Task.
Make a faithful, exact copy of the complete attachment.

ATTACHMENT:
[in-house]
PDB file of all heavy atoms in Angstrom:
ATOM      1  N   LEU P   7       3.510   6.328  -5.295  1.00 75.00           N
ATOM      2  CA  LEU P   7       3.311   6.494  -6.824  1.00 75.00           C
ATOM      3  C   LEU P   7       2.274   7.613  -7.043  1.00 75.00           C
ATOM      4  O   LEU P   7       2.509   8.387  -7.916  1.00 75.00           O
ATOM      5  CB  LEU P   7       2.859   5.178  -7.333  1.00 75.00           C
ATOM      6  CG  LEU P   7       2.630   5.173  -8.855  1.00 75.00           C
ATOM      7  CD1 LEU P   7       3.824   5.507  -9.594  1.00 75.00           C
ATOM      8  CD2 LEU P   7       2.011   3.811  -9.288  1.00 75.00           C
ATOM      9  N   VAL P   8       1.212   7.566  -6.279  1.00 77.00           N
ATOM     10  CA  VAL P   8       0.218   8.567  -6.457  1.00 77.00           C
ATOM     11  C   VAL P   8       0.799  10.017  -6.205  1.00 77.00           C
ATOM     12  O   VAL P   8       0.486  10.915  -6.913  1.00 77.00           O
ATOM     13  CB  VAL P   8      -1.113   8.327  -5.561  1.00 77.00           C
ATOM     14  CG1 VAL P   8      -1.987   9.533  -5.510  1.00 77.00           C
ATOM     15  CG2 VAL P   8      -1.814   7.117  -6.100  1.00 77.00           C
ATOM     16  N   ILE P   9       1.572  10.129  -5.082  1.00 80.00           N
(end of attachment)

[in-house]
PDB file of all heavy atoms in Angstrom:
ATOM      1  N   LEU P   7       3.510   6.328  -5.295  1.00 75.00           N
ATOM      2  CA  LEU P   7       3.311   6.494  -6.824  1.00 75.00           C
ATOM      3  C   LEU P   7       2.274   7.613  -7.043  1.00 75.00           C
ATOM      4  O   LEU P   7       2.509   8.387  -7.916  1.00 75.00           O
ATOM      5  CB  LEU P   7       2.859   5.178  -7.333  1.00 75.00           C
ATOM      6  CG  LEU P   7       2.630   5.173  -8.855  1.00 75.00           C
ATOM      7  CD1 LEU P   7       3.824   5.507  -9.594  1.00 75.00           C
ATOM      8  CD2 LEU P   7       2.011   3.811  -9.288  1.00 75.00           C
ATOM      9  N   VAL P   8       1.212   7.566  -6.279  1.00 77.00           N
ATOM     10  CA  VAL P   8       0.218   8.567  -6.457  1.00 77.00           C
ATOM     11  C   VAL P   8       0.799  10.017  -6.205  1.00 77.00           C
ATOM     12  O   VAL P   8       0.486  10.915  -6.913  1.00 77.00           O
ATOM     13  CB  VAL P   8      -1.113   8.327  -5.561  1.00 77.00           C
ATOM     14  CG1 VAL P   8      -1.987   9.533  -5.510  1.00 77.00           C
ATOM     15  CG2 VAL P   8      -1.814   7.117  -6.100  1.00 77.00           C
ATOM     16  N   ILE P   9       1.572  10.129  -5.082  1.00 80.00           N